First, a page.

Impending new economic order – New Telegraph
The new International Monetary Fund (IMF) report on regional economic outlook for sub-Saharan Africa presented recently indicates that Nigeria could spend 100% of its income on debt service by 2026. The country currently spends 89% of his currently low income to debt. which the IMF Resident Representative for Nigeria, Ari Aisen, has called an “existential problem” for Nigeria.
He pointed out that the country’s inability to take advantage of high world oil prices to increase its reserves is due to the massive drop in oil production, due to theft, vandalism and the like at a time when the price of oil was above $100 a barrel. In fact, the latest data from the Organization of the Petroleum Exporting Countries (OPEC) reveals that Nigeria has lost its status as Africa’s top oil producer due to a drop in production of 195,000 barrels per day (bpd). ) to 1.02 million bpd in May 2022. .
The Bretton Wood institution, which oversees the stability of the global monetary system, said: “Inflation in Nigeria reached 17.71% in May this year, driven by a further spike in food prices, exacerbated by the war in Ukraine, raising food security concerns as more than 40% of the population lives below the poverty line. A recent World Bank Nigeria Poverty Report whose objective is to reduce poverty by offering assistance to middle and low income countries, also indicates that by the end of 2022, an additional one million Nigerians will fall into poverty, indicating that inflation in Nigeria, already one of the highest in the world before the war in Ukraine, will rise further due to rising global fuel and food prices caused by the war.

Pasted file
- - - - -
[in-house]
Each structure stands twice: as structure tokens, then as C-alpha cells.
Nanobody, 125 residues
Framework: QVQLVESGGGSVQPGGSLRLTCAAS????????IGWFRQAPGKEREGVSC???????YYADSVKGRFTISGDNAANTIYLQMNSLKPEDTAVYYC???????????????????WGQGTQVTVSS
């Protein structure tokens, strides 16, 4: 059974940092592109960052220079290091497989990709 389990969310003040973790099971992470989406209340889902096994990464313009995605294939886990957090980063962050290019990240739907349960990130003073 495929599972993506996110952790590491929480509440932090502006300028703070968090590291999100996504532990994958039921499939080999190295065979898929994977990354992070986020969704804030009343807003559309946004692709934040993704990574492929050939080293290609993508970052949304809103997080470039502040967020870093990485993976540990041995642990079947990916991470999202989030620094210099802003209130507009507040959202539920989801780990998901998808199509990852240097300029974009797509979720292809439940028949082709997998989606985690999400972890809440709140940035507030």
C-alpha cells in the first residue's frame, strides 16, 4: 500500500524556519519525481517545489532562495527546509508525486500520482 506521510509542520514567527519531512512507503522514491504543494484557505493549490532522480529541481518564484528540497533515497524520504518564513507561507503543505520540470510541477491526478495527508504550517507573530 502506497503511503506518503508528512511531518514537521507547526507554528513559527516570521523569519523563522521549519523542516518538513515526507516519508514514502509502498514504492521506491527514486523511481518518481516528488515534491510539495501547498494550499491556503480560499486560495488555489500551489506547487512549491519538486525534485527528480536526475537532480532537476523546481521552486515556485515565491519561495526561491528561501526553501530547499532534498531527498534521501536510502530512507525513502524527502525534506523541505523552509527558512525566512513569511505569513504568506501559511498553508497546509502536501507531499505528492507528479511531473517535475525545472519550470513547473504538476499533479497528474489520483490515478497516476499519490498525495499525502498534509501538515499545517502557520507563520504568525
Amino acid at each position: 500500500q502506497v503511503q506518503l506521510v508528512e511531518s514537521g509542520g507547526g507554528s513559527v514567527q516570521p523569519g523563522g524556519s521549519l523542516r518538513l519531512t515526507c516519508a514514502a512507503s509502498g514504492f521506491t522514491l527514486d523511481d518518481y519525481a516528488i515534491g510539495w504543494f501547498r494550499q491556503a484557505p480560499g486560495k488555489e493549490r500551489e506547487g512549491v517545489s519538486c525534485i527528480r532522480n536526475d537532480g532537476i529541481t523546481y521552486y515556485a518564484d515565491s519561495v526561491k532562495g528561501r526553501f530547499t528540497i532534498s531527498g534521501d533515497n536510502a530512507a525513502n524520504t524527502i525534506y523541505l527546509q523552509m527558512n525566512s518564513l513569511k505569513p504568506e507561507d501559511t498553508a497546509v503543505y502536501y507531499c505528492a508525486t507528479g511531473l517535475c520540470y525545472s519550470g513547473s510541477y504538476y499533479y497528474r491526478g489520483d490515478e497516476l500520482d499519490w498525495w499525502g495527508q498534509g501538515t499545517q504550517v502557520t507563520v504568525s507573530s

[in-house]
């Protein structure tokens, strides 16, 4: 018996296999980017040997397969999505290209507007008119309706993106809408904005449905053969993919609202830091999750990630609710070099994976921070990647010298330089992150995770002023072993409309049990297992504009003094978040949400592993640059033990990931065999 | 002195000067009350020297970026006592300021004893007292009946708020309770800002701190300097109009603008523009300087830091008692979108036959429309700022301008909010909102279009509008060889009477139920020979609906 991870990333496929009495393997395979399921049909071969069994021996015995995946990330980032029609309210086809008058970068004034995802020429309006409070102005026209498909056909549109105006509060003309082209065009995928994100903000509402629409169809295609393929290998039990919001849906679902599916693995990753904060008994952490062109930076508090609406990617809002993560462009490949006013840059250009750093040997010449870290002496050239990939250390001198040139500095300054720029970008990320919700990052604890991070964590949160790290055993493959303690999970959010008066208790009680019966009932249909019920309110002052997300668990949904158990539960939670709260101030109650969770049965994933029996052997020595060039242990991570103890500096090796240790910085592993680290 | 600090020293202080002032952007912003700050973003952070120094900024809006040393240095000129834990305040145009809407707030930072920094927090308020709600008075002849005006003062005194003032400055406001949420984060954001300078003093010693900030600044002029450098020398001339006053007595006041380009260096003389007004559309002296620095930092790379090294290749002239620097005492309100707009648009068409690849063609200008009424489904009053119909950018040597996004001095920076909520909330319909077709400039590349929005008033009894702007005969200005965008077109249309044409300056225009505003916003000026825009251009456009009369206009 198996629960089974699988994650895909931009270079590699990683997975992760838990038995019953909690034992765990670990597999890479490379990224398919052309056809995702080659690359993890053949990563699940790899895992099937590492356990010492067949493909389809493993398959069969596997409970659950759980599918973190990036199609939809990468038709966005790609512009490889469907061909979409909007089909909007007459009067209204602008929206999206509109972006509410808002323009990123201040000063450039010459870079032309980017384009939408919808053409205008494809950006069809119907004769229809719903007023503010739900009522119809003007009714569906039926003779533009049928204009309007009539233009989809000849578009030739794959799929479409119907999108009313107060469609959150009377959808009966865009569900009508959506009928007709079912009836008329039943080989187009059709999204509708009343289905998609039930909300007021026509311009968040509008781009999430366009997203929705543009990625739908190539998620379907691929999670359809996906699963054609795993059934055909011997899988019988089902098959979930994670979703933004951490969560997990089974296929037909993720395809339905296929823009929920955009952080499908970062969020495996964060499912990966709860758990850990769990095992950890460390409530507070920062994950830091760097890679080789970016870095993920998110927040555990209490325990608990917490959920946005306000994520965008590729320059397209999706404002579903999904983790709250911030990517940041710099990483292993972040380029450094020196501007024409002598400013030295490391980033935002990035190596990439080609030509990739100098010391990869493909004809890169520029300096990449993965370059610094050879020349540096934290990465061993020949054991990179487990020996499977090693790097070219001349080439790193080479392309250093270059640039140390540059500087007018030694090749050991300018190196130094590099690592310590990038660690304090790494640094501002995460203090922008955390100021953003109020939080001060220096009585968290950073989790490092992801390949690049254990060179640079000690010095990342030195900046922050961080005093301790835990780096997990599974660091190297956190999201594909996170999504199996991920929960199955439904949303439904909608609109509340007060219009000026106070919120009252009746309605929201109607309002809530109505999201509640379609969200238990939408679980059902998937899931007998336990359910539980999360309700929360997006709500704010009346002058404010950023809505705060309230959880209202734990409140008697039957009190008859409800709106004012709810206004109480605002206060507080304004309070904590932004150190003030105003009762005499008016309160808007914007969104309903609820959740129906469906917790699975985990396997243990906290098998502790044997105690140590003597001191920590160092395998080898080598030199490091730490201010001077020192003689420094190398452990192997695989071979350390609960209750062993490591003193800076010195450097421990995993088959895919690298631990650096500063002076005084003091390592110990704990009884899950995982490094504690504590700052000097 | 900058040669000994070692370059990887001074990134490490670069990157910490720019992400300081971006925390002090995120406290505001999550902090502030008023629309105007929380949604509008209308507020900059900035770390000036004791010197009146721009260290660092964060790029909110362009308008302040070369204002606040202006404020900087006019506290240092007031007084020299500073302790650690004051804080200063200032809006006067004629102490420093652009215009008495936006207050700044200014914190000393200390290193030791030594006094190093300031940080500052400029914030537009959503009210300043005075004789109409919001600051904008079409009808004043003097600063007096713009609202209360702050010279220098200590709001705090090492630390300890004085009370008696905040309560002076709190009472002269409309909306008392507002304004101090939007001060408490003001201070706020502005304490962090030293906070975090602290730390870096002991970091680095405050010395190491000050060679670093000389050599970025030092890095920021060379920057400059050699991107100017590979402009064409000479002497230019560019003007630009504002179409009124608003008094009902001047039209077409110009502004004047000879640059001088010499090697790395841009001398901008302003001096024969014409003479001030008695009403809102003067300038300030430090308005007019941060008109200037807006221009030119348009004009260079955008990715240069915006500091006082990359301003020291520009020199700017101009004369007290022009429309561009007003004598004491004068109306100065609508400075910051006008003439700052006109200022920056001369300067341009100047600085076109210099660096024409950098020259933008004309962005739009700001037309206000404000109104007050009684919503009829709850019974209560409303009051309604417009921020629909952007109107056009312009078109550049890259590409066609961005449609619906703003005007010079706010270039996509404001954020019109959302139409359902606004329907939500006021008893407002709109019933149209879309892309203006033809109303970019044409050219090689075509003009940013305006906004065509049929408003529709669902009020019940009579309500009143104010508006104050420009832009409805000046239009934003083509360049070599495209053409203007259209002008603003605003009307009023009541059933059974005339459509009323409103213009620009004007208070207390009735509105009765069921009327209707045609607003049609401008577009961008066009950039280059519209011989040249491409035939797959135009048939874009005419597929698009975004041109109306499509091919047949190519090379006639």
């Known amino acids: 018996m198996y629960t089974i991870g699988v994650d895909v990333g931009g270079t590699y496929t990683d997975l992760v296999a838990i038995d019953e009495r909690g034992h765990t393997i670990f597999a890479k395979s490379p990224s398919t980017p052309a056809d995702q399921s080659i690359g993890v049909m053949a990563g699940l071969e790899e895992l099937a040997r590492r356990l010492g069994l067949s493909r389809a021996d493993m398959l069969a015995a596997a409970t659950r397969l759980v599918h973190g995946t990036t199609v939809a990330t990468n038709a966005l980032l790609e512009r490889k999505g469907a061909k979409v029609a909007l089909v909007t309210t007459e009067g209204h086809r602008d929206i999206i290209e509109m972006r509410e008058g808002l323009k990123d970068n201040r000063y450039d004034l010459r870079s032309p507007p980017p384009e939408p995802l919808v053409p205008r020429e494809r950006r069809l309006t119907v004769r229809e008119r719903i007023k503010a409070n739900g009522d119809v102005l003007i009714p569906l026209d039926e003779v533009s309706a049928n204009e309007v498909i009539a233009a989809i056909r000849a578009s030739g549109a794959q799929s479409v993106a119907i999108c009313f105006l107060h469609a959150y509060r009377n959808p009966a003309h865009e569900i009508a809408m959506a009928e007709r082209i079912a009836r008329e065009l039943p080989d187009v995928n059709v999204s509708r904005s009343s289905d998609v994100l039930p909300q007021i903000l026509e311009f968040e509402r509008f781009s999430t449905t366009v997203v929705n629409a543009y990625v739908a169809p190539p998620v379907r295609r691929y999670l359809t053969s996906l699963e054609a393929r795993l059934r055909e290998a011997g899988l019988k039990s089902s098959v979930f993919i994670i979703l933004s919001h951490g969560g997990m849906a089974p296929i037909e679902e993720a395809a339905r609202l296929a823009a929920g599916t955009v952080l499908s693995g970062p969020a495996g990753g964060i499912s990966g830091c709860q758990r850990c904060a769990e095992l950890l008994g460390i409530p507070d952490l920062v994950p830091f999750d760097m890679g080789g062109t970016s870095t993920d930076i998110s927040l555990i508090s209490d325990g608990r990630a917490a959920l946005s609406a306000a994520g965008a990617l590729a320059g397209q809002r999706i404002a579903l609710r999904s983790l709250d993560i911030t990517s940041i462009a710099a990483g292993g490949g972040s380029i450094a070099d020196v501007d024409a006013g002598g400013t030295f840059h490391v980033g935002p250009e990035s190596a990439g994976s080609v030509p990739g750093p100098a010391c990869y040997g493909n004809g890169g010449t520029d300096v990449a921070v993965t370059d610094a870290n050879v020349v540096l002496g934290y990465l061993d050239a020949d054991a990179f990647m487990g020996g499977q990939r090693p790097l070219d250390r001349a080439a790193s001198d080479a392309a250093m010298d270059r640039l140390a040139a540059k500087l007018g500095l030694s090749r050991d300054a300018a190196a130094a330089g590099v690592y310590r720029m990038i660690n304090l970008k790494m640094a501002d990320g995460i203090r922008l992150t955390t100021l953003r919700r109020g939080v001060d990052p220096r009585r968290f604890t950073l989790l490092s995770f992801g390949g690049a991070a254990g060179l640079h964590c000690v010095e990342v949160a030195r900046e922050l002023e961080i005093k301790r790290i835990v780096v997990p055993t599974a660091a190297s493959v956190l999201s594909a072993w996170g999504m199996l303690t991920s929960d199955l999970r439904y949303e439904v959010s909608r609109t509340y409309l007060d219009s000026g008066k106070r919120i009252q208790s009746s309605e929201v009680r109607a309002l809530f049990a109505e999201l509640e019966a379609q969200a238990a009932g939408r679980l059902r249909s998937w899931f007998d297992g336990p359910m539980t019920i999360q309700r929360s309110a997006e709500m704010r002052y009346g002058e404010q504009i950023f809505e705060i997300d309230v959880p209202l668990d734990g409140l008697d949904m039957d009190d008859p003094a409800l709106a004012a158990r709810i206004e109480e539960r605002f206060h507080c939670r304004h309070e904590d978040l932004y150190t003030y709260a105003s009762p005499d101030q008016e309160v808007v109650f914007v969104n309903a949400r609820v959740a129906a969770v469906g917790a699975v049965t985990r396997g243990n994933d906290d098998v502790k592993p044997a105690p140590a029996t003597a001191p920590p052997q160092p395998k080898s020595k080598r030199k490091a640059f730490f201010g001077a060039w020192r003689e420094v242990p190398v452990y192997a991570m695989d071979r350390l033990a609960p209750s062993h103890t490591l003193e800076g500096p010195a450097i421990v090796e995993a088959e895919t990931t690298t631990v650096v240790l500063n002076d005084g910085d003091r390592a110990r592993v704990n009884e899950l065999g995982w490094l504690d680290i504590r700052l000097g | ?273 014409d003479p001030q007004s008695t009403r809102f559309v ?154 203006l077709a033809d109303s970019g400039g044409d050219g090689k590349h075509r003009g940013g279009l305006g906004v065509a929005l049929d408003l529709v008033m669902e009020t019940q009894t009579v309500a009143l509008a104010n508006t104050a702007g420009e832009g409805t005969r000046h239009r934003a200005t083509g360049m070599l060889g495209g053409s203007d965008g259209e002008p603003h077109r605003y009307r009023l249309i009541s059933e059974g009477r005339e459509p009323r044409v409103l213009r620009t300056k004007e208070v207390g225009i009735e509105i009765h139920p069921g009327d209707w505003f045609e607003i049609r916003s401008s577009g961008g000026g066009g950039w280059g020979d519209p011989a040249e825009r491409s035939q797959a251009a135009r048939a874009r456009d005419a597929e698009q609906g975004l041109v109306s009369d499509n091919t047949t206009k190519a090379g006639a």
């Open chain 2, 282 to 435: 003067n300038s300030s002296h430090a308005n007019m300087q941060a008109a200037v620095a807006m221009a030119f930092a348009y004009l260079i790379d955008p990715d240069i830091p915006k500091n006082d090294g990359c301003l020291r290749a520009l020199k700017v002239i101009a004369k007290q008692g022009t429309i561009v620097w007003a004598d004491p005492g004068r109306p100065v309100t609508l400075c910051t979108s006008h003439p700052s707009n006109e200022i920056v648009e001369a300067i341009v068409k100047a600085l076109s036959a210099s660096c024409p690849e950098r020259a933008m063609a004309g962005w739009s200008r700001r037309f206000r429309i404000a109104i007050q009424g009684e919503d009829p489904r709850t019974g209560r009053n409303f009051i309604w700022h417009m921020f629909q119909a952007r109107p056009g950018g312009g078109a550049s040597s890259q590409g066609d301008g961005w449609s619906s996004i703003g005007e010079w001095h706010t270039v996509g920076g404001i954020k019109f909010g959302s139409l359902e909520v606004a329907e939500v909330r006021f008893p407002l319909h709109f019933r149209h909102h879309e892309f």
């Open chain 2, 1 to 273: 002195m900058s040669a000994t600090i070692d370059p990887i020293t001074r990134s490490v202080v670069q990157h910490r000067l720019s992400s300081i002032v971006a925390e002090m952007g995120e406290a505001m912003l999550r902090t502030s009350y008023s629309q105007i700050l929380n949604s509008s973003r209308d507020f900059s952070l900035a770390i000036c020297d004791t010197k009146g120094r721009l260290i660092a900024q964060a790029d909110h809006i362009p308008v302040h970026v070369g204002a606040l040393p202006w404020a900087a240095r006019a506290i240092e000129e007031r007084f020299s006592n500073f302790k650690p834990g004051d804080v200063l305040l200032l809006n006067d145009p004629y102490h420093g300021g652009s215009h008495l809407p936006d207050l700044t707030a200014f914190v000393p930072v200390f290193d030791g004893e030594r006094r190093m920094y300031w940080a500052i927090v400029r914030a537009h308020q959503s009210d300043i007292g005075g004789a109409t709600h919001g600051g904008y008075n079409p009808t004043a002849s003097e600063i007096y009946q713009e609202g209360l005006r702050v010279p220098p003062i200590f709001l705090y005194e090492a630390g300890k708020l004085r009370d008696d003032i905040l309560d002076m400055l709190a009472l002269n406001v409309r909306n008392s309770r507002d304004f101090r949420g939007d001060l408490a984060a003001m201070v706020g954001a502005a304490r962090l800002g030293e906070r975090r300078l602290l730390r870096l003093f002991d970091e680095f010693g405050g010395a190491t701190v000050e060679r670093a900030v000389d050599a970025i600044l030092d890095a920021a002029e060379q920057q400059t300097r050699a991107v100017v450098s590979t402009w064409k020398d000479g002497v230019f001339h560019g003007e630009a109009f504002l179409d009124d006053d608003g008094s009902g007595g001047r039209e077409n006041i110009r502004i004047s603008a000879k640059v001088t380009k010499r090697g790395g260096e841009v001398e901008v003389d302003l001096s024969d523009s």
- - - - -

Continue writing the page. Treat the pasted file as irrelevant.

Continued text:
In fact, the Russian military operation in Ukraine and the subsequent economic sanctions deployed against Russia by the Group of Seven, made up of Canada, France, Germany, Italy, Japan, the United States and the United States, and their allies, have entered a new phase in international relations with implications for the global economic order, a slowdown in activity and mounting pressures on the prices of oil, gas , metals and food.
”Together, Russia and Ukraine account for 12% of total food calories traded globally, and both are key exporters of commodities such as wheat (28% of global trade) and coconut oil. sunflower (69%), according to the International Food Policy Institute.
The war not only severely disrupted trade flows and the supply chain, but also caused a tightening of financial conditions through the weakening of many economies and indirectly through a faster than expected tightening of monetary policy in advanced economies. . The IMF estimates that countries that sanction Russia now account for 64.9% of global economic output. And by 2027, he predicts that number will drop to 58.5%.
The IMF projects that China and India together will have a higher gross domestic product (GDP) on a purchasing power parity basis by 2040, than the United States and the other eight sanctioned countries combined, as well as other emerging market economies such as Brazil, Mexico, Indonesia and Turkey.